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Search Engines Are Users

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#1 cre8pc


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Posted 11 October 2015 - 07:48 PM

An expert SEO states in a talk that "Search engines are users."  




I feel that bots and computer programs are not users.  They are code we command and coded to respond to our demands. Search engines are tools. They can be programmed to perform as we direct them to but have no independence or emotions.


We influence search engines to do our bidding but I don't consider them users. 

#2 Black_Knight


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Posted 11 October 2015 - 10:21 PM

I see your problem.  They said "search engines", and rather than see that as a company, a business, with its own objectives and needs, you somehow equated it only to "bots and computer programs".


The search engines are services, and they are publishers.  If you want to be including in their publications, then you really do need to understand them as users, so that you can properly understand what they want to publish, and how to make that you.




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Posted 11 October 2015 - 10:49 PM

Search engines over the past several years have become significantly better webmasters, and through that they are keeping visitors on their sites longer, presenting their ads more effectively, inventing different types of monetization opportunities, and making more money.  They have discovered that it is easier to double your income from current traffic than it is to double your traffic, and thus their main source of revenue growth has come at the expense of the publishers and merchants who earn a living from the organic SERPs.  They have also become more tolerant of sending stuff out to their publisher network that they probably would not publish on their own sites.  You will know when they have truly become better webmasters when they start to monetize their content pages - they ought to have their heads examined for not doing this long ago and will probably start doing it before close of business today, after reading this.

#4 cre8pc


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Posted 11 October 2015 - 10:55 PM

Search engines provide a service, yes.  They do not, however, purchase from any website that uses their service.  We use them, not the other way around.


The person who presented that was teaching how to do an SEO audit, and I took his statement a bit out of context.  I've seen him say it in Facebook as well.  SEO's do approach SE's as users of page code, in that the code has to be analyzed and understood.  But the mistake is putting all the focus of content solely on search engine "users" which I continue to see companies preferring to do and stopping there.  


The intent of page design should focused on humans who are hoped to take action after landing on a page from a search query.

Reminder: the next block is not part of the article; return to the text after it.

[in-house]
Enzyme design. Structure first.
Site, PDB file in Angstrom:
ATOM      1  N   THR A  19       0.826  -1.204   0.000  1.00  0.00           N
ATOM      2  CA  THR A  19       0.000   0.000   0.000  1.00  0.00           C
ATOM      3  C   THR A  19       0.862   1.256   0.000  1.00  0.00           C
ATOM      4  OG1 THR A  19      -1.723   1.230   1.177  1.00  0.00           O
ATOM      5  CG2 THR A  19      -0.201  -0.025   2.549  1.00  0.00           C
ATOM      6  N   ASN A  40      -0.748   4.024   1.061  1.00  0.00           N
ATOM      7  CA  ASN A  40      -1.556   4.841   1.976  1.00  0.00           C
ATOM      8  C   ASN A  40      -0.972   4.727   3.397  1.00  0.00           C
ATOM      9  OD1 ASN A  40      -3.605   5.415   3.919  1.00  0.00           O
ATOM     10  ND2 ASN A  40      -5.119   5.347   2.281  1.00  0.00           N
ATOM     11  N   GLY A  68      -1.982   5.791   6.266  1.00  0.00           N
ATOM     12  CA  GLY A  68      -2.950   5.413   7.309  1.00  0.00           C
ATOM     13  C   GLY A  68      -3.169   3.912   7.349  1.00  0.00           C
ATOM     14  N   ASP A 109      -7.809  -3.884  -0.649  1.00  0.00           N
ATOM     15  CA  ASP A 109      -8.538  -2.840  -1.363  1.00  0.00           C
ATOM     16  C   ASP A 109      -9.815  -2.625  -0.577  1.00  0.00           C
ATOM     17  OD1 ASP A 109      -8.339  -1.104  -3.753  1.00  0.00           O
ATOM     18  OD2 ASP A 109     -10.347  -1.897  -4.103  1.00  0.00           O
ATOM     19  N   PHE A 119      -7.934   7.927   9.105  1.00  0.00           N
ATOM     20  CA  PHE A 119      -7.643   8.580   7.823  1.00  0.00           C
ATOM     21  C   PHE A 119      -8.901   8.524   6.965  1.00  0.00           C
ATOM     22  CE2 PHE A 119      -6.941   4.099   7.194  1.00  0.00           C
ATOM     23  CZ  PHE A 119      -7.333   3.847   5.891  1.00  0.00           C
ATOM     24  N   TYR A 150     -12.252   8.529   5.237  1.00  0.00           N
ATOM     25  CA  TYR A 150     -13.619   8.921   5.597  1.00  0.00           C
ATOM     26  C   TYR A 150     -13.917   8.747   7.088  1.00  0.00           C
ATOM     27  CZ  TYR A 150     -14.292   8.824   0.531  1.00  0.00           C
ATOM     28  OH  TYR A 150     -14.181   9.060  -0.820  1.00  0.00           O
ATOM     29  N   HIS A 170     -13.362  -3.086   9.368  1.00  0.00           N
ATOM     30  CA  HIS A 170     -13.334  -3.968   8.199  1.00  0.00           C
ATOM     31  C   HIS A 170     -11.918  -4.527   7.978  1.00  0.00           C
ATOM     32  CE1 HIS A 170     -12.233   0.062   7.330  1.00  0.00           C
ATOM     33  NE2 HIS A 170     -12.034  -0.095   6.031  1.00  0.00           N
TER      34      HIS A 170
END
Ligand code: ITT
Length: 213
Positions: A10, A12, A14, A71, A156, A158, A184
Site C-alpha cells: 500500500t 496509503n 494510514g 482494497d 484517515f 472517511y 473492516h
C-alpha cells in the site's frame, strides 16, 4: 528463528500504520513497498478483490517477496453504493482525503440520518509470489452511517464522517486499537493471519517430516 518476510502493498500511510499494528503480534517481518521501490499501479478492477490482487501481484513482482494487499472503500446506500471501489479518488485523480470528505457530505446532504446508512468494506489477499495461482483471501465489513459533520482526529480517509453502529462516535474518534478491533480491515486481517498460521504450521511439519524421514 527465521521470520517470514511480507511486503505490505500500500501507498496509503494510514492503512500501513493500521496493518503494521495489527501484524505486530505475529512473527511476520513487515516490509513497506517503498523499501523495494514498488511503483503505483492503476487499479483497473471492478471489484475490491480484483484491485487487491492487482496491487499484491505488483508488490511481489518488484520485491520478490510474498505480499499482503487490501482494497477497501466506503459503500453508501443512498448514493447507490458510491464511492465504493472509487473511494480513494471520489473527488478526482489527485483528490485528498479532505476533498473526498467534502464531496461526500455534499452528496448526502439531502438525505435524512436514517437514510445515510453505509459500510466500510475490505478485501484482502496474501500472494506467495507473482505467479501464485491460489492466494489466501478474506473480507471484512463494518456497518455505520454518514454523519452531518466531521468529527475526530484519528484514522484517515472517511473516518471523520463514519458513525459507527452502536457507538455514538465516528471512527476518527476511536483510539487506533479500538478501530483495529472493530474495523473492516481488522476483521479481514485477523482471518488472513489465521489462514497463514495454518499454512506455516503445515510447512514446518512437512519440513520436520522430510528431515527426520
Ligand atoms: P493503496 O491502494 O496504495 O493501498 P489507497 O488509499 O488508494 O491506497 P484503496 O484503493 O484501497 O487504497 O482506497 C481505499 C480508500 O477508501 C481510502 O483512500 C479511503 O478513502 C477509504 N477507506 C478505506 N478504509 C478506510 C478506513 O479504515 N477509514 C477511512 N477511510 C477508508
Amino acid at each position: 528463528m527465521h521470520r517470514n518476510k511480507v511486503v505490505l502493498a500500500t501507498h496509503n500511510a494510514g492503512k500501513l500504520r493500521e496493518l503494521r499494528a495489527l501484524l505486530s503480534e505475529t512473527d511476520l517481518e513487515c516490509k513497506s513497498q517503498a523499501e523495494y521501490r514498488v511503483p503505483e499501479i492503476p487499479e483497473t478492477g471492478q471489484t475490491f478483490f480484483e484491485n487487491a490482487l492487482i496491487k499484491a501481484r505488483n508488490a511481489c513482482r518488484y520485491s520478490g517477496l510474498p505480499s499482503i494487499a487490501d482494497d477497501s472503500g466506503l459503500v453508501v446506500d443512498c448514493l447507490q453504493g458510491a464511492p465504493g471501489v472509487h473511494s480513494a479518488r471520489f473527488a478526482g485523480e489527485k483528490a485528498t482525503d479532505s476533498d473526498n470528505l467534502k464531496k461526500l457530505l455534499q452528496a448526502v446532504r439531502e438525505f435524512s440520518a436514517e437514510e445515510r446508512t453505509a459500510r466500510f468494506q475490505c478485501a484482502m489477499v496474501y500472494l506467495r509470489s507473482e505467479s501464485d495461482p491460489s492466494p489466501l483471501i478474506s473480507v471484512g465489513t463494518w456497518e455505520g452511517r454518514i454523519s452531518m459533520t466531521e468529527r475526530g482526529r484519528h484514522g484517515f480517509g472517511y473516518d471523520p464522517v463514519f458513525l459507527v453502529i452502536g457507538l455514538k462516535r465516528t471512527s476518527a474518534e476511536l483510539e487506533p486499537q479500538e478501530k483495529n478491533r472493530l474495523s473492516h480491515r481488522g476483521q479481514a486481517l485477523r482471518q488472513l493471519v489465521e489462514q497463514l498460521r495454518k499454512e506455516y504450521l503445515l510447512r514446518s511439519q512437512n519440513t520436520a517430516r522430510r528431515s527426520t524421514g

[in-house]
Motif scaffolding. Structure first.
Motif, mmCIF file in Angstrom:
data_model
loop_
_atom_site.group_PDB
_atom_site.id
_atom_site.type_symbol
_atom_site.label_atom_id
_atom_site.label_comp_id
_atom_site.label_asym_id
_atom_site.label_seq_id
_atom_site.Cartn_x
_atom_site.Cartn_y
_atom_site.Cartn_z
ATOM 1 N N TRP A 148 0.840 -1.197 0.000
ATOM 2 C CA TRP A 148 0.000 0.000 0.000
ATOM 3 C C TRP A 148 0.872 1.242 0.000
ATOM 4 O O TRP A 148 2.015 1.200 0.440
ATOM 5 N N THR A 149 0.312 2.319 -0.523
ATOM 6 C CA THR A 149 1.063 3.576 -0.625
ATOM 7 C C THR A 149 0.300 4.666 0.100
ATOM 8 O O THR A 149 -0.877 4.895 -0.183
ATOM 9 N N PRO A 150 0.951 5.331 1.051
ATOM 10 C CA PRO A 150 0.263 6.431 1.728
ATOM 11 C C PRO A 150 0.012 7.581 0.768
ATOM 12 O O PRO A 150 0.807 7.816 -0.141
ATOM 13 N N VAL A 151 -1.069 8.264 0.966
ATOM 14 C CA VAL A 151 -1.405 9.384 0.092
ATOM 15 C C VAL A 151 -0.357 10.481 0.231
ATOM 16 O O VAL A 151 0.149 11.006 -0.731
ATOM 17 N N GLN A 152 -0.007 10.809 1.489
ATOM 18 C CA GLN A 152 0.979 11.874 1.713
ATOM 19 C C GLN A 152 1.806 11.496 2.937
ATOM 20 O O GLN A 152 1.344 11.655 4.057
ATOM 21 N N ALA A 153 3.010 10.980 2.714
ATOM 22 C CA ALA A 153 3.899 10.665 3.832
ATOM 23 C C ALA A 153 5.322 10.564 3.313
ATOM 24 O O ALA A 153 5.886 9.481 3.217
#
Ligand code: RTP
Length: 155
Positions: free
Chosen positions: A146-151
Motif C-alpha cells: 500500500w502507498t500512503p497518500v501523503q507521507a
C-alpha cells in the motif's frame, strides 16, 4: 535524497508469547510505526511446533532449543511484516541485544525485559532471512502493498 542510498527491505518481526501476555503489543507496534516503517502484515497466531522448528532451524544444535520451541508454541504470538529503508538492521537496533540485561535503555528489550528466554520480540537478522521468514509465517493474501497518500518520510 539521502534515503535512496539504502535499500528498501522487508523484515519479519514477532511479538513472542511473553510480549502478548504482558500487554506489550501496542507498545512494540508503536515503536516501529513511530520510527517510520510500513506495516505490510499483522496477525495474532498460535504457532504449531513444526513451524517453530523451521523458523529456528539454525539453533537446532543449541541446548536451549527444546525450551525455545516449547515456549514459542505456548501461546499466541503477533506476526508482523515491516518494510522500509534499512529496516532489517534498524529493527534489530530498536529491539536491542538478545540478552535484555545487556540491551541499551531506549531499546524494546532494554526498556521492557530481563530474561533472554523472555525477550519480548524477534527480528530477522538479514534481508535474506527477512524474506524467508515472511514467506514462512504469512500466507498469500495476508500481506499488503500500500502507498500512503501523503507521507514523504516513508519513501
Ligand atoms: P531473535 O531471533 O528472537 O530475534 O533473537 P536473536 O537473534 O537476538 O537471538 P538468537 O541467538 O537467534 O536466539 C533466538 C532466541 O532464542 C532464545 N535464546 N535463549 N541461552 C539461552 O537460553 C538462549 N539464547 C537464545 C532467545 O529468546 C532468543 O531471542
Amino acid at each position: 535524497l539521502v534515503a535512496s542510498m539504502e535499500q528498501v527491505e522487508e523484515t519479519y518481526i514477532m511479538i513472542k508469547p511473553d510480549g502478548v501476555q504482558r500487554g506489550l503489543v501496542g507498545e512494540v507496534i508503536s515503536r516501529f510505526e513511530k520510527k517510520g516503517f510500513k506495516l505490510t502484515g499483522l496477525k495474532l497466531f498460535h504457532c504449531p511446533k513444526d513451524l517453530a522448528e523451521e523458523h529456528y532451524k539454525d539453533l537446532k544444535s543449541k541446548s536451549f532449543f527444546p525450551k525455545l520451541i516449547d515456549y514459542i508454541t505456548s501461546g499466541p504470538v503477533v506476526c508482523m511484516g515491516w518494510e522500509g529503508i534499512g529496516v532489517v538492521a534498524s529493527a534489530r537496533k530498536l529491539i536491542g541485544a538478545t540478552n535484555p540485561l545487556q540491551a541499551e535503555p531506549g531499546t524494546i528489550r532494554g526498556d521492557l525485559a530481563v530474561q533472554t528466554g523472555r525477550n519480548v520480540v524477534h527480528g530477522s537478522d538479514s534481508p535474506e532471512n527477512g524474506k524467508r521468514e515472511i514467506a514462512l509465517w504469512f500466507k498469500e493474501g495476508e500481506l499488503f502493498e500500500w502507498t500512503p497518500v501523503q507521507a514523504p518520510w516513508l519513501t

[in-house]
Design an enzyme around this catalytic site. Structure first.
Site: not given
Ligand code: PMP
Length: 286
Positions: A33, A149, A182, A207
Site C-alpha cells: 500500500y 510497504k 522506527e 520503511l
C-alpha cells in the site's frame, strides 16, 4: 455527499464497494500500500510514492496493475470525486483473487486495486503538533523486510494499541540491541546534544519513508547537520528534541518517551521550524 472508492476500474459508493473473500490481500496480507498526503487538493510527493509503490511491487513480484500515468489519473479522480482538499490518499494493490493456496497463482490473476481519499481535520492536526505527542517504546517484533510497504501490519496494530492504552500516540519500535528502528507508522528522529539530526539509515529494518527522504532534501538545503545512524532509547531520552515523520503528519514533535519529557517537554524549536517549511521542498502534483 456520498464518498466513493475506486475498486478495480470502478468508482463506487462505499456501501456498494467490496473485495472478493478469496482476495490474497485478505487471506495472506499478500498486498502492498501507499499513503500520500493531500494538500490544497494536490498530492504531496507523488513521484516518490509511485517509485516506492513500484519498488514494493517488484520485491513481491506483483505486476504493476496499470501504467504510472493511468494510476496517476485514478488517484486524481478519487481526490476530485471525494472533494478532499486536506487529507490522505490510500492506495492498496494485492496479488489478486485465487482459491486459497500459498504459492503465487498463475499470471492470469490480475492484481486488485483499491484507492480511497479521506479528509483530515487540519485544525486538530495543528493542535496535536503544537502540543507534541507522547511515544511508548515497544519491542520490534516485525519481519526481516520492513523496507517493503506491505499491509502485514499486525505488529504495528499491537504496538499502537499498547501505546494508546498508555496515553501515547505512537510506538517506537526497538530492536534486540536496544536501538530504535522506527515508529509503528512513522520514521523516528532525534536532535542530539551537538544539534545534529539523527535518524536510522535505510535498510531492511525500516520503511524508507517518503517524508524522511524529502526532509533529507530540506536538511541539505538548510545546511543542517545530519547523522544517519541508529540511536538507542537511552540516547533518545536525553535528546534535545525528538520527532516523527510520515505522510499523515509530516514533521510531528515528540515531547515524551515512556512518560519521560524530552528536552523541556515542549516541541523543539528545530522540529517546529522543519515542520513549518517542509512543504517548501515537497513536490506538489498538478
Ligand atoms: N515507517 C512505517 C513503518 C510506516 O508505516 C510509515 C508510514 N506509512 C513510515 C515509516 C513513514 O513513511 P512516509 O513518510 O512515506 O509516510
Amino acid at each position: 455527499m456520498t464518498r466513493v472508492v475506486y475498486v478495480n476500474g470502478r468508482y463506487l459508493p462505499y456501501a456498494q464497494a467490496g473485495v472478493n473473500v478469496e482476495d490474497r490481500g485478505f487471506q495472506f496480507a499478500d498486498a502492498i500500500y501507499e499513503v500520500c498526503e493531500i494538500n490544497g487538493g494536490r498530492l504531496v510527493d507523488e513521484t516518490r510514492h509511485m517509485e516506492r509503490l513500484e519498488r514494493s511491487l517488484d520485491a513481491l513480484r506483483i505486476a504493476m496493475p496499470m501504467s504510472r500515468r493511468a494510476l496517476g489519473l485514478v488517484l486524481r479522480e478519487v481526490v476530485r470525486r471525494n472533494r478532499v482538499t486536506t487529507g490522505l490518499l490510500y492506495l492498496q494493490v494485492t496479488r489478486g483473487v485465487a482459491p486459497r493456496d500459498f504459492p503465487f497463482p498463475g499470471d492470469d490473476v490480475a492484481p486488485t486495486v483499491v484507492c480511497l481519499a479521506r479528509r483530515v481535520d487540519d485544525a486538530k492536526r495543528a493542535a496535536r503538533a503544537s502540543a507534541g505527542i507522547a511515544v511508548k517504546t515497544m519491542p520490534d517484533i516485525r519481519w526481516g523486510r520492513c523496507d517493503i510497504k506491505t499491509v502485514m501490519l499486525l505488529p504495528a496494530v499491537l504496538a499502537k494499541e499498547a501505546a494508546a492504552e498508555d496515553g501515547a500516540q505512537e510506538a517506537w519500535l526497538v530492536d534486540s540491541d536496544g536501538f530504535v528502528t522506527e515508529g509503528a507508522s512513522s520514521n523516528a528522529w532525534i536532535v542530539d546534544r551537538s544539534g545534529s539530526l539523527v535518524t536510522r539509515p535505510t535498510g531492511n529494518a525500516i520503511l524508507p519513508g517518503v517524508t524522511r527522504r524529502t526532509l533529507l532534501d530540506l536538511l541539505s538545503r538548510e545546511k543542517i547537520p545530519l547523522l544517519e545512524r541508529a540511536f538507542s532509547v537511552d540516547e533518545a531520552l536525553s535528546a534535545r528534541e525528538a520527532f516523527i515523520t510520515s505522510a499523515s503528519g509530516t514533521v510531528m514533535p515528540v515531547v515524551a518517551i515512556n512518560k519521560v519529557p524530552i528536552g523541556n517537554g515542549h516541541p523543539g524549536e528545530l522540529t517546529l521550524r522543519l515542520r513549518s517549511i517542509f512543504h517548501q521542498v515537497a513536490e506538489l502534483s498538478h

I suppose that one way Google as a user makes sense is that they are forcing mobile design.  They see what devices we use.  However, I don't believe for a second that Google's focus on mobile is motivated by a desire to deliver us what we want, how we want it.  If that were so, there would be as much a demand for accessibility and passing standards for special needs users.  


Added>> Do Search Engines use us? (It's that danged word...can be interpreted in many ways.)

Edited by cre8pc, 11 October 2015 - 11:05 PM.




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Posted 11 October 2015 - 11:04 PM

Google uses our content, to provide a service, and then uses that service to produce their own income.


Google uses the competitive nature of merchants, service providers, evangilsts to ratchet up their income.


Google uses data that they collect about us to serve better ads and ratchet up their income.


Searchers and their aggregated personal information are the products that they produce, maniplulate, advertise and use as the basis of their monetization.  They are selling bits and bytes about us.

Edited by EGOL, 11 October 2015 - 11:05 PM.

#6 cre8pc


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Posted 11 October 2015 - 11:13 PM

Yep.  When I look at it that way and with Ammon's ideas, it's logical.  My brain always goes to software testing, usability, human factors mode when I see the term "users".   

#7 Black_Knight


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Posted Yesterday, 04:57 AM

The reason that I look at search engines as users is mainly because the SEOs who only look at them as algorithms, and their technical specs, always end up algo-chasing, unable to look ahead to future development because they lack the mindset to determine intent.  When looking at intent, you always have to understand them as people - whether they are customers, advertising networks, affiliates, or search engines.

#8 bobbb


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Posted Yesterday, 09:41 AM

I would tend to agree with Kim who equates user to a human so I checked the dictionary definition. I included Wikipedia but it generally says what is said on the Internet.